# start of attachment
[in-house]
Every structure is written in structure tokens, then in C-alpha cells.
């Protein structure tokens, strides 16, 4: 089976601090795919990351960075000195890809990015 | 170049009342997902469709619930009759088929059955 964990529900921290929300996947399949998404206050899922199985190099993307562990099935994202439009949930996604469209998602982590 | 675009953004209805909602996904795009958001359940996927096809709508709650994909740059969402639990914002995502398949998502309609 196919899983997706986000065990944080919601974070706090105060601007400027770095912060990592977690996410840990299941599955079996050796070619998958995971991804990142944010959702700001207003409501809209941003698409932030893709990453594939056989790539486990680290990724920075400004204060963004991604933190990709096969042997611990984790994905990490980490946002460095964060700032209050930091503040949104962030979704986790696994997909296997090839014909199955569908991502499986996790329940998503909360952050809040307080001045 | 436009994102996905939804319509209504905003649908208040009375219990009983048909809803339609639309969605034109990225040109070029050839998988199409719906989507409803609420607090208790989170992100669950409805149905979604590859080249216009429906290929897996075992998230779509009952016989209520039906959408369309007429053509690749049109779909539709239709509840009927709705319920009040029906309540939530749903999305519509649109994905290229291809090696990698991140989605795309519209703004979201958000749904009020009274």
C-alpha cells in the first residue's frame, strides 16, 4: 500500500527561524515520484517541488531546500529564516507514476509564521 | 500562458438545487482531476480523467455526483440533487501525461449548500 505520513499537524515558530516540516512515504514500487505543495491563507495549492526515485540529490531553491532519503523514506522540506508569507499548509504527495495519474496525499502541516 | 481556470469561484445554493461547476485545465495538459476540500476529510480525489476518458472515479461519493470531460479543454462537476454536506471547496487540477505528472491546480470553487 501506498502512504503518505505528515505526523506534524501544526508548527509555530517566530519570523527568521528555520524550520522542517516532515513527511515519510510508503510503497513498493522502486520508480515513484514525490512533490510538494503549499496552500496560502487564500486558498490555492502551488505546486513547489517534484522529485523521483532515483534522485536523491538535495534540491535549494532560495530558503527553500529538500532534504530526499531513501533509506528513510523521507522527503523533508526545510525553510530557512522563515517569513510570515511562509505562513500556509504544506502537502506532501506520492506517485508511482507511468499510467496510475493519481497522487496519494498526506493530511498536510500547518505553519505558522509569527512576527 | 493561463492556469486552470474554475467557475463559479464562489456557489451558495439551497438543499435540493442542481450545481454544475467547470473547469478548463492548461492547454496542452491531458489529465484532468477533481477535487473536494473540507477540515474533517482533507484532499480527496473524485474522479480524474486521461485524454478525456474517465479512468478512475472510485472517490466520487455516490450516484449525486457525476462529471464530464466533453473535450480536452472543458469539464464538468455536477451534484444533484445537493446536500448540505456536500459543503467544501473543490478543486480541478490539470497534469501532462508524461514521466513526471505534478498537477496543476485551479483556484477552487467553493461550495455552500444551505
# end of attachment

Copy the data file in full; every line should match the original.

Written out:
[in-house]
Every structure is written in structure tokens, then in C-alpha cells.
């Protein structure tokens, strides 16, 4: 089976601090795919990351960075000195890809990015 | 170049009342997902469709619930009759088929059955 964990529900921290929300996947399949998404206050899922199985190099993307562990099935994202439009949930996604469209998602982590 | 675009953004209805909602996904795009958001359940996927096809709508709650994909740059969402639990914002995502398949998502309609 196919899983997706986000065990944080919601974070706090105060601007400027770095912060990592977690996410840990299941599955079996050796070619998958995971991804990142944010959702700001207003409501809209941003698409932030893709990453594939056989790539486990680290990724920075400004204060963004991604933190990709096969042997611990984790994905990490980490946002460095964060700032209050930091503040949104962030979704986790696994997909296997090839014909199955569908991502499986996790329940998503909360952050809040307080001045 | 436009994102996905939804319509209504905003649908208040009375219990009983048909809803339609639309969605034109990225040109070029050839998988199409719906989507409803609420607090208790989170992100669950409805149905979604590859080249216009429906290929897996075992998230779509009952016989209520039906959408369309007429053509690749049109779909539709239709509840009927709705319920009040029906309540939530749903999305519509649109994905290229291809090696990698991140989605795309519209703004979201958000749904009020009274």
C-alpha cells in the first residue's frame, strides 16, 4: 500500500527561524515520484517541488531546500529564516507514476509564521 | 500562458438545487482531476480523467455526483440533487501525461449548500 505520513499537524515558530516540516512515504514500487505543495491563507495549492526515485540529490531553491532519503523514506522540506508569507499548509504527495495519474496525499502541516 | 481556470469561484445554493461547476485545465495538459476540500476529510480525489476518458472515479461519493470531460479543454462537476454536506471547496487540477505528472491546480470553487 501506498502512504503518505505528515505526523506534524501544526508548527509555530517566530519570523527568521528555520524550520522542517516532515513527511515519510510508503510503497513498493522502486520508480515513484514525490512533490510538494503549499496552500496560502487564500486558498490555492502551488505546486513547489517534484522529485523521483532515483534522485536523491538535495534540491535549494532560495530558503527553500529538500532534504530526499531513501533509506528513510523521507522527503523533508526545510525553510530557512522563515517569513510570515511562509505562513500556509504544506502537502506532501506520492506517485508511482507511468499510467496510475493519481497522487496519494498526506493530511498536510500547518505553519505558522509569527512576527 | 493561463492556469486552470474554475467557475463559479464562489456557489451558495439551497438543499435540493442542481450545481454544475467547470473547469478548463492548461492547454496542452491531458489529465484532468477533481477535487473536494473540507477540515474533517482533507484532499480527496473524485474522479480524474486521461485524454478525456474517465479512468478512475472510485472517490466520487455516490450516484449525486457525476462529471464530464466533453473535450480536452472543458469539464464538468455536477451534484444533484445537493446536500448540505456536500459543503467544501473543490478543486480541478490539470497534469501532462508524461514521466513526471505534478498537477496543476485551479483556484477552487467553493461550495455552500444551505